5 Scientists Who Brought Unimaginable Horrors Upon Themselves
If you’re a scientist or researcher who is trying to decipher the unknown, the fact is, you’re going to be out of your depth. After all, if something’s fully understood, there wouldn’t be much reason to experiment on it. Obviously, the upside is, if you can crack the case, you’re likely to have your name etched into the history books. The downside is, depending on your particular area of expertise, that same mysterious field of research might be destroying your body in ways you haven’t even learned about yet.
To that end, here are five scientists who brought unimaginable horrors upon themselves…
Louis Slotin was one of the world’s top experts on nuclear weapons and the associated risks, having been a contributor to the Manhattan Project. One would think that being a member of that critical and somewhat cursed team would have firmly cemented the dangers of radiation into all participants’ brains, what with the mass murder they’d just unleashed with it. Yet, maybe familiarity breeding dangerous levels of contempt for the deathly material in question led to Slotin being one of two people to die from radiation exposure during their work there.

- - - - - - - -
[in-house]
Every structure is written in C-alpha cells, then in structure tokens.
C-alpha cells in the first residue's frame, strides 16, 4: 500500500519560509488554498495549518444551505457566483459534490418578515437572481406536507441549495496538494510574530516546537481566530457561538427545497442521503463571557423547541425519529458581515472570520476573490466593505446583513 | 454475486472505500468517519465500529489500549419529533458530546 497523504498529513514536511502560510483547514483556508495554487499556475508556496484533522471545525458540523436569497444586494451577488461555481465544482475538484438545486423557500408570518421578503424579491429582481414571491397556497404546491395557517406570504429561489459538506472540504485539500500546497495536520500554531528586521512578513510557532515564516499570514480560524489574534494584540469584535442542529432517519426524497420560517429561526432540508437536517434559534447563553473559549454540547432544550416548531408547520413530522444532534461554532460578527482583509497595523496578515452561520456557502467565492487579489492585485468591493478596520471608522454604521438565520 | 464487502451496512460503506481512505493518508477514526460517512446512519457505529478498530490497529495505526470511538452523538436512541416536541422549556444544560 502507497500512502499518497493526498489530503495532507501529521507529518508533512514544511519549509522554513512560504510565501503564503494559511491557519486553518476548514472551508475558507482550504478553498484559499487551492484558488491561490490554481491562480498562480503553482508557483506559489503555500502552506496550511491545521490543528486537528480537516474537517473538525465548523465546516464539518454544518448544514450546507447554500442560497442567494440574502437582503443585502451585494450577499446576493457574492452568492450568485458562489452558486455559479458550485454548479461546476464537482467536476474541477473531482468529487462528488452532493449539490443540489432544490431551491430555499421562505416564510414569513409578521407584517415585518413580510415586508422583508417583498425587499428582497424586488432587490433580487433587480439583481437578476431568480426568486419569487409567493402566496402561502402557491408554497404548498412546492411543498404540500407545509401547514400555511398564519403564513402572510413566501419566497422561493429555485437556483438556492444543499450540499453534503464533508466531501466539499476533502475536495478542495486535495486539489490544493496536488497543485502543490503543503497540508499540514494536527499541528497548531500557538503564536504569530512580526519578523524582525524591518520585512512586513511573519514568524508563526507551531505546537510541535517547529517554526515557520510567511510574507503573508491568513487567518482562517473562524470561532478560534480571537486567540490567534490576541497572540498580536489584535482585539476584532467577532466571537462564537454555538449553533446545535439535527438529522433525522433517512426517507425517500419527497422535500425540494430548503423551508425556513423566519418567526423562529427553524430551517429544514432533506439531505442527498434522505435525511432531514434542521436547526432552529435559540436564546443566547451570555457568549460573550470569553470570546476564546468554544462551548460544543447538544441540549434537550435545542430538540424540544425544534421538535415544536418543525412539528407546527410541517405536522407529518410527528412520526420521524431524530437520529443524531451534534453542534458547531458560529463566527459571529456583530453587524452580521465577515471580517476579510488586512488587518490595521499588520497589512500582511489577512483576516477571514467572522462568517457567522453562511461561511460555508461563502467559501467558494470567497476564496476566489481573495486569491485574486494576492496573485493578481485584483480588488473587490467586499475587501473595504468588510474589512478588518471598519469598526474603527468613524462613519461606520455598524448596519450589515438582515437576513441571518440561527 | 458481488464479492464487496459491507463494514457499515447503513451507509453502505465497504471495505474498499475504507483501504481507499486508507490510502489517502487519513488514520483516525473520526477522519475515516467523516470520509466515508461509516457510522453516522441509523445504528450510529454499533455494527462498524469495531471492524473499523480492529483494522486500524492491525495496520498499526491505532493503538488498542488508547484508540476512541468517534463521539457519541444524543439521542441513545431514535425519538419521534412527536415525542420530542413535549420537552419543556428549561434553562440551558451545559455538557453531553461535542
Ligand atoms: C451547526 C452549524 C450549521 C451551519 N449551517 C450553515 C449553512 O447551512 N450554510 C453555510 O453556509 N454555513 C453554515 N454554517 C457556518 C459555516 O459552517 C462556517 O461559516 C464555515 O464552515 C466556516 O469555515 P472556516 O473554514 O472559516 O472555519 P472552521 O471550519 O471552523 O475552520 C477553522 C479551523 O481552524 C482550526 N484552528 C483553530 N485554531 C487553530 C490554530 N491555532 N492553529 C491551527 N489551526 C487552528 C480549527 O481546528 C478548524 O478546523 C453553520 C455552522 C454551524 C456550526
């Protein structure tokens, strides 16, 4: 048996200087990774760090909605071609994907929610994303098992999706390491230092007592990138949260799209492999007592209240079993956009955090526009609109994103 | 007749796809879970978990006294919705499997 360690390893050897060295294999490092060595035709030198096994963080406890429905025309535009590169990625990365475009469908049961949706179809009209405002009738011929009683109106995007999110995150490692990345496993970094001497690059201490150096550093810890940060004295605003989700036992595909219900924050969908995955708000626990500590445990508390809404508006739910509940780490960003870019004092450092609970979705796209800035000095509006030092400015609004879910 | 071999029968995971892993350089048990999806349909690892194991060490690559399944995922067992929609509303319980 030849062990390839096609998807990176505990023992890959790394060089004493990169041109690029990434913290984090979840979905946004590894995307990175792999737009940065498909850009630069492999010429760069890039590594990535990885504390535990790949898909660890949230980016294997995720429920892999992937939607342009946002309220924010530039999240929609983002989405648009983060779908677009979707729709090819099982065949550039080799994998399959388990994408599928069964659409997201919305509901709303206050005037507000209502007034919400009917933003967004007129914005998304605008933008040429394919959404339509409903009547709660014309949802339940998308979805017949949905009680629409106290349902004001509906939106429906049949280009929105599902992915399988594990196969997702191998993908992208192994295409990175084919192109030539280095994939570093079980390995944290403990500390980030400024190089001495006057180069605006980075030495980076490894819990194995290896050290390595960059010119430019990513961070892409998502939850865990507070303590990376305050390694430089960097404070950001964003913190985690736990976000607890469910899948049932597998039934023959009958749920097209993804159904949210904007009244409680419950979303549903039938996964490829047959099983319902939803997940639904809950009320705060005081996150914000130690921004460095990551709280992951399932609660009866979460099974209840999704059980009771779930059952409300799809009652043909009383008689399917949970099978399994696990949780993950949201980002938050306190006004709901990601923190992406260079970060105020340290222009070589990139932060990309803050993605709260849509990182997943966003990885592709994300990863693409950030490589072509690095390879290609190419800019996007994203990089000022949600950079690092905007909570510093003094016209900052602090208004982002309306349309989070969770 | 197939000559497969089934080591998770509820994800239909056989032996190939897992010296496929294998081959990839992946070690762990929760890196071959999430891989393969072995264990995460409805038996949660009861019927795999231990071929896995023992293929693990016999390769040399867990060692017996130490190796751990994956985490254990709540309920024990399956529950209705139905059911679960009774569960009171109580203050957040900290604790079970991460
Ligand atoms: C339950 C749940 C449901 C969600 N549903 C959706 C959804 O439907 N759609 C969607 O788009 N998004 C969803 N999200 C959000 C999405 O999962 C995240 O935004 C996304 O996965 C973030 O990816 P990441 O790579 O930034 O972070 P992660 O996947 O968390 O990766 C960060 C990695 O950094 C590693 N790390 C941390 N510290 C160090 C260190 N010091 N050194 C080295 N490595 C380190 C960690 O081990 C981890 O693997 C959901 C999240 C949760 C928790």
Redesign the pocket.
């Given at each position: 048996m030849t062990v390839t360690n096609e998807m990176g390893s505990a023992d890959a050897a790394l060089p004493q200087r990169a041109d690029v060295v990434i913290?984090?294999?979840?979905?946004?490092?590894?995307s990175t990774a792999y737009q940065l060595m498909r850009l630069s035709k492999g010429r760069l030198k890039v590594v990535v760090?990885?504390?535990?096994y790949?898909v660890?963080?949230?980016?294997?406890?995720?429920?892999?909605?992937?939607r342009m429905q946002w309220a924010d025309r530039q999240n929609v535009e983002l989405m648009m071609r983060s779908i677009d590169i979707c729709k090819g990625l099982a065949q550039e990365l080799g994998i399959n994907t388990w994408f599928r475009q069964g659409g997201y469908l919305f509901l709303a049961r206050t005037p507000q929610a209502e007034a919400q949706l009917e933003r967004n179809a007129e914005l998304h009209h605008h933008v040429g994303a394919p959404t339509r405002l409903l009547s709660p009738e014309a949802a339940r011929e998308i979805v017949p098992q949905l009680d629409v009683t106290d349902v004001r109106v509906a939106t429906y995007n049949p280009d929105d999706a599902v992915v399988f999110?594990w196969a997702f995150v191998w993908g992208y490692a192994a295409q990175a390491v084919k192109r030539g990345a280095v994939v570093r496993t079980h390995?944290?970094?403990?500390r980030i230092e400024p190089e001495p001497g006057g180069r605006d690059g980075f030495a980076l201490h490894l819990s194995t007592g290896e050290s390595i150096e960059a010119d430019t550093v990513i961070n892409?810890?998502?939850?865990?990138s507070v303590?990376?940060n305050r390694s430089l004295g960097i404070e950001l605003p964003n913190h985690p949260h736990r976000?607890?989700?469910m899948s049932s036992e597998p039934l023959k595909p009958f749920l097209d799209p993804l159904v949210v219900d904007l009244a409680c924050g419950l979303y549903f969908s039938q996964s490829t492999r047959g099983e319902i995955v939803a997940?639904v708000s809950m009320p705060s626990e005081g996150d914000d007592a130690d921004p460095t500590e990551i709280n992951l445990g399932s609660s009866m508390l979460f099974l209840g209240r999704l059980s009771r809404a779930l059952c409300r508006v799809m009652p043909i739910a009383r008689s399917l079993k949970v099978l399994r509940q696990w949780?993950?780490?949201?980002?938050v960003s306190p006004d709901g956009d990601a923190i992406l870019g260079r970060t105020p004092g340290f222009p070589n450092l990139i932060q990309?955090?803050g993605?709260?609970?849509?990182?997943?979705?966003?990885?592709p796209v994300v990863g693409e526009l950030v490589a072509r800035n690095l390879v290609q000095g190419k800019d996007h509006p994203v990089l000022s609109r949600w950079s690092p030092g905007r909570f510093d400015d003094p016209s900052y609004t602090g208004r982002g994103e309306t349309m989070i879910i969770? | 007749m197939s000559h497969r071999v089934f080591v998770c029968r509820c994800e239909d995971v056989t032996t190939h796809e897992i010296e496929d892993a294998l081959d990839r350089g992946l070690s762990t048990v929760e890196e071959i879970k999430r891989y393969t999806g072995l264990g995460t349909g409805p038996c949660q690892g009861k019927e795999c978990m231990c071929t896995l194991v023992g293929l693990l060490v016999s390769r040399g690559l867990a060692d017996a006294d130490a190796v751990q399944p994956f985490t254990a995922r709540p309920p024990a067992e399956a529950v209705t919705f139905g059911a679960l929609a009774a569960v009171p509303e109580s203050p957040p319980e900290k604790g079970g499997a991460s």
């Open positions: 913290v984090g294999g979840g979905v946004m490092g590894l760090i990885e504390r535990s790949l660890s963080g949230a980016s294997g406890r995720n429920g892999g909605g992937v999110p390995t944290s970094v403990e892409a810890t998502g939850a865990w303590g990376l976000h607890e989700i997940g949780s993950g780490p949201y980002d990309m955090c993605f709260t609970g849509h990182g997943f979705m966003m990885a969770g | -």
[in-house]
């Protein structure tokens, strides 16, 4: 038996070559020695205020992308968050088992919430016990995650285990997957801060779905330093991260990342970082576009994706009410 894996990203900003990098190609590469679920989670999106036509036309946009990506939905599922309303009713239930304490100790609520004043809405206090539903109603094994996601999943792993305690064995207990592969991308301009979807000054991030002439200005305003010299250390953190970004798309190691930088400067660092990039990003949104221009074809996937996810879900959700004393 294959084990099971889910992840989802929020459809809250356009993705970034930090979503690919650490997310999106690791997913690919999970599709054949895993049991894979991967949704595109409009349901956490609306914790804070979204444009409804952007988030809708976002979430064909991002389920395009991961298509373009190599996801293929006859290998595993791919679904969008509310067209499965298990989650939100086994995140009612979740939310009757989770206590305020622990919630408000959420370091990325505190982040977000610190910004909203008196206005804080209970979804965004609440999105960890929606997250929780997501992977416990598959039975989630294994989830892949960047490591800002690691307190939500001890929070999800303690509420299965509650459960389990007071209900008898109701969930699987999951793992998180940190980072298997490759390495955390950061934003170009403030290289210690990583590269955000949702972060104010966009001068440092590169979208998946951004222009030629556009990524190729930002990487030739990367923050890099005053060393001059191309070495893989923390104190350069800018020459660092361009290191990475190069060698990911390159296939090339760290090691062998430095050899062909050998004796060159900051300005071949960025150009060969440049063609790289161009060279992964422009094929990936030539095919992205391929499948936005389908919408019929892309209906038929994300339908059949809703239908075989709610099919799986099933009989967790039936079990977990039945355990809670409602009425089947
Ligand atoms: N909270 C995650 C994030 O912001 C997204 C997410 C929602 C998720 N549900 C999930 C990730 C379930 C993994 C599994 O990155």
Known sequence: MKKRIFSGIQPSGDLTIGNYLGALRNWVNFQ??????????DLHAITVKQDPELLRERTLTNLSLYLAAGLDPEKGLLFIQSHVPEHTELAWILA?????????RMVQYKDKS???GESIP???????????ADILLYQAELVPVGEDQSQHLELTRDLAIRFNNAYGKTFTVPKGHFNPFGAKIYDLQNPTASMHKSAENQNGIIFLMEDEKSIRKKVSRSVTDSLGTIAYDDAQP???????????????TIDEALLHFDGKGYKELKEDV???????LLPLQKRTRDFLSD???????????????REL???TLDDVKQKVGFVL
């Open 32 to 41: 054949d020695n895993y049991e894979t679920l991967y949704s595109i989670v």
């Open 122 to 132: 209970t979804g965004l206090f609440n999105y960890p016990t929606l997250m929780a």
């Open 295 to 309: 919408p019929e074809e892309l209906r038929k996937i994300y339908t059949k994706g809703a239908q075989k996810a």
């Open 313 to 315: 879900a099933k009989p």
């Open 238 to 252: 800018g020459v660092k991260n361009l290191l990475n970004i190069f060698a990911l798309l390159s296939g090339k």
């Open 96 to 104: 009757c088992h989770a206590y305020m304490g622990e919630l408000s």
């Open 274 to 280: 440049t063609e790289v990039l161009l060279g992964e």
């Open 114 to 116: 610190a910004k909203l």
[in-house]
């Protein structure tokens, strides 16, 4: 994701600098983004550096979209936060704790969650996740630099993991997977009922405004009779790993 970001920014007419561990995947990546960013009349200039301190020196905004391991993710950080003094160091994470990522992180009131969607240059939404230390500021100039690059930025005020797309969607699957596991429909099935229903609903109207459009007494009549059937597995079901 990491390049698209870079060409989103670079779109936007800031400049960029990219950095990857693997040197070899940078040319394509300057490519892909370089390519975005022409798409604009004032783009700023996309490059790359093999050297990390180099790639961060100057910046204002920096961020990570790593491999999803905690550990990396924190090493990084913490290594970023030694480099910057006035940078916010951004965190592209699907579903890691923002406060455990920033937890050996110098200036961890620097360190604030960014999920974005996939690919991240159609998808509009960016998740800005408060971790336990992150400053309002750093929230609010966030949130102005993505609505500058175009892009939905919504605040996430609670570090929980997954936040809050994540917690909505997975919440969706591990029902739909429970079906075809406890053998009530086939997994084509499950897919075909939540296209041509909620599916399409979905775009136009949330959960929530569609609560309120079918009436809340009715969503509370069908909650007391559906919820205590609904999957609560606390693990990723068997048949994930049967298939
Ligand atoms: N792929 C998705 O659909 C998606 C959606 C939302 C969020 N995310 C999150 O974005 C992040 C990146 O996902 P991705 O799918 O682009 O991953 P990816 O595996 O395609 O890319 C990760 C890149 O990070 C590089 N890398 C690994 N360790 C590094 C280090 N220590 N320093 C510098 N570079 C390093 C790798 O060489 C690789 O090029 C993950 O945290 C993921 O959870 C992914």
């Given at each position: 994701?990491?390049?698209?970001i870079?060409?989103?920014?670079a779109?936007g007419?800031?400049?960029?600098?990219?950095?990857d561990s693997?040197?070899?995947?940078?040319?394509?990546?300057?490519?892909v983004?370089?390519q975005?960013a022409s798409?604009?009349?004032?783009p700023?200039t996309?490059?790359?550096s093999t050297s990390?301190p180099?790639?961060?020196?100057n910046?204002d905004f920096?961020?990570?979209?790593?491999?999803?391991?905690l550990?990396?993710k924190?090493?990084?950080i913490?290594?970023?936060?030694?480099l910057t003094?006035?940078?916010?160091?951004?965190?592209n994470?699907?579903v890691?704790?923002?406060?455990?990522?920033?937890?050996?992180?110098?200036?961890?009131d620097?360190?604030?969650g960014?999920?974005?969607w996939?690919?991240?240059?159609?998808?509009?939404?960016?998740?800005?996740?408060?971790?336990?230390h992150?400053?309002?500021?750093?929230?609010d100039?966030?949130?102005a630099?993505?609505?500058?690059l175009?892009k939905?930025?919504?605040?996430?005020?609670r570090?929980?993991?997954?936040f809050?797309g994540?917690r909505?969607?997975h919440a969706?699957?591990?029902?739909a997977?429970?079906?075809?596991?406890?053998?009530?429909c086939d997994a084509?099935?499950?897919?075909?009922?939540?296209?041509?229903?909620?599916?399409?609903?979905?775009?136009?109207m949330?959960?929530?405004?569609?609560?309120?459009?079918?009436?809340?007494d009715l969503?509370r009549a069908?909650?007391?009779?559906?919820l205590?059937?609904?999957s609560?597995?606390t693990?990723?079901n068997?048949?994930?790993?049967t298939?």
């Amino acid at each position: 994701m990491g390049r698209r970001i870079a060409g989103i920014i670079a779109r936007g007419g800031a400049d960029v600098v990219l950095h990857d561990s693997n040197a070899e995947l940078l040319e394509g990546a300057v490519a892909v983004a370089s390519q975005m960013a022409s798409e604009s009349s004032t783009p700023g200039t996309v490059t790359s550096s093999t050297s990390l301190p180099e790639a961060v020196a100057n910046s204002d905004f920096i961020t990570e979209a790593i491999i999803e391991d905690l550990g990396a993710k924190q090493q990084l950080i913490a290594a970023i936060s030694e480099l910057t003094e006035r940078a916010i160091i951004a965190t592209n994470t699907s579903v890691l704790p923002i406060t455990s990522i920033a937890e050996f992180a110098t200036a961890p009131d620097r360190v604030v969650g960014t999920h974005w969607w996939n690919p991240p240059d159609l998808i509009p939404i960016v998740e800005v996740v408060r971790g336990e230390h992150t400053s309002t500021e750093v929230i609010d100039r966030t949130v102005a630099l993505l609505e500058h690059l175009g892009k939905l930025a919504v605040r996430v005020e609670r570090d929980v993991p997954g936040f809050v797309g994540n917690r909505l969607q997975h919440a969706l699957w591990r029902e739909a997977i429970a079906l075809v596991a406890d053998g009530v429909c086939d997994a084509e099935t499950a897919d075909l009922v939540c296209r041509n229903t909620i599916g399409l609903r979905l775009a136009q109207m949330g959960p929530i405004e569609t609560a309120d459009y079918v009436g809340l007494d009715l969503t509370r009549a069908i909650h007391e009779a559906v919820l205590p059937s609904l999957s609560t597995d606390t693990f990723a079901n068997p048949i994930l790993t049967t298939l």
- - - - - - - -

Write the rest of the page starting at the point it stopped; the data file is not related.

Slotin was working with a 14-pound hunk of plutonium that’s since earned the nickname “the demon core” due to its death count. It had been manufactured to serve as the critical piece of a third atom bomb, should it be needed after the bombings of Hiroshima and Nagasaki. As it turned out, two nukes was plenty. Even so, it managed to claim one more life when Slotin was attempting to demonstrate how to make the core, then known as “Rufus,” close to a critical point. Already, it sounds like something you’d make sure to have the proper equipment for. Instead, when Slotin lowered a beryllium tamper over the core, he elected to prop it up with a flathead screwdriver. Sadly, but unsurprisingly, it slipped and the tamper fully enveloped the core, letting out a massive blast of radiation. Over the next nine days, Slotin died a slow and horrendous death from acute radiation poisoning, including radiation burns covering his internal organs.